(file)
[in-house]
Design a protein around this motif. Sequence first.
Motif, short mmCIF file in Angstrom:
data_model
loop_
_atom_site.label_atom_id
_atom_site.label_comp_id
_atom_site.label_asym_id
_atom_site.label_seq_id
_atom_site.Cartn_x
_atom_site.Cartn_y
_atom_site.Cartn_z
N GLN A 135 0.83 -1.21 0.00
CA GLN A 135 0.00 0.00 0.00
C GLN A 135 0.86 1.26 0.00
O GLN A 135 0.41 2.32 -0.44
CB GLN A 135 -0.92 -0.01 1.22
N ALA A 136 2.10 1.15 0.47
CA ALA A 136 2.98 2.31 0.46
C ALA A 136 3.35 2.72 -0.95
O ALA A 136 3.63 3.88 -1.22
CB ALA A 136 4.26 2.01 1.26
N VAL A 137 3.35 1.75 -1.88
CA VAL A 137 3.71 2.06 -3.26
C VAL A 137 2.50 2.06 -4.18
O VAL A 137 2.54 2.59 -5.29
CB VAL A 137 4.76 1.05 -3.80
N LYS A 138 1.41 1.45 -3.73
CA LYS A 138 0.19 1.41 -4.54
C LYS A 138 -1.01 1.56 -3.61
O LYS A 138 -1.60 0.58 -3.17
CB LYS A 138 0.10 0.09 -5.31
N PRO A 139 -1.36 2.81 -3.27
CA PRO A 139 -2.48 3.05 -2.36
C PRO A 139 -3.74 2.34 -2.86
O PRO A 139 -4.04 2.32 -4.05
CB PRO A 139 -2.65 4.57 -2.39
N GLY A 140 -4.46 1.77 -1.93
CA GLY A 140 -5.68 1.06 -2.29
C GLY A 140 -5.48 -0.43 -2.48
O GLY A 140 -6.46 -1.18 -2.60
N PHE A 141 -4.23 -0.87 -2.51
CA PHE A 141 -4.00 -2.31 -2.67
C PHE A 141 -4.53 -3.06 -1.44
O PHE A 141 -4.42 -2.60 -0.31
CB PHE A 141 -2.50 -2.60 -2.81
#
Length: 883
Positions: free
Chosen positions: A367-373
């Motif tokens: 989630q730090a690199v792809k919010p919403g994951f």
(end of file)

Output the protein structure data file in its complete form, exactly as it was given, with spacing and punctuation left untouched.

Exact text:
[in-house]
Design a protein around this motif. Sequence first.
Motif, short mmCIF file in Angstrom:
data_model
loop_
_atom_site.label_atom_id
_atom_site.label_comp_id
_atom_site.label_asym_id
_atom_site.label_seq_id
_atom_site.Cartn_x
_atom_site.Cartn_y
_atom_site.Cartn_z
N GLN A 135 0.83 -1.21 0.00
CA GLN A 135 0.00 0.00 0.00
C GLN A 135 0.86 1.26 0.00
O GLN A 135 0.41 2.32 -0.44
CB GLN A 135 -0.92 -0.01 1.22
N ALA A 136 2.10 1.15 0.47
CA ALA A 136 2.98 2.31 0.46
C ALA A 136 3.35 2.72 -0.95
O ALA A 136 3.63 3.88 -1.22
CB ALA A 136 4.26 2.01 1.26
N VAL A 137 3.35 1.75 -1.88
CA VAL A 137 3.71 2.06 -3.26
C VAL A 137 2.50 2.06 -4.18
O VAL A 137 2.54 2.59 -5.29
CB VAL A 137 4.76 1.05 -3.80
N LYS A 138 1.41 1.45 -3.73
CA LYS A 138 0.19 1.41 -4.54
C LYS A 138 -1.01 1.56 -3.61
O LYS A 138 -1.60 0.58 -3.17
CB LYS A 138 0.10 0.09 -5.31
N PRO A 139 -1.36 2.81 -3.27
CA PRO A 139 -2.48 3.05 -2.36
C PRO A 139 -3.74 2.34 -2.86
O PRO A 139 -4.04 2.32 -4.05
CB PRO A 139 -2.65 4.57 -2.39
N GLY A 140 -4.46 1.77 -1.93
CA GLY A 140 -5.68 1.06 -2.29
C GLY A 140 -5.48 -0.43 -2.48
O GLY A 140 -6.46 -1.18 -2.60
N PHE A 141 -4.23 -0.87 -2.51
CA PHE A 141 -4.00 -2.31 -2.67
C PHE A 141 -4.53 -3.06 -1.44
O PHE A 141 -4.42 -2.60 -0.31
CB PHE A 141 -2.50 -2.60 -2.81
#
Length: 883
Positions: free
Chosen positions: A367-373
């Motif tokens: 989630q730090a690199v792809k919010p919403g994951f």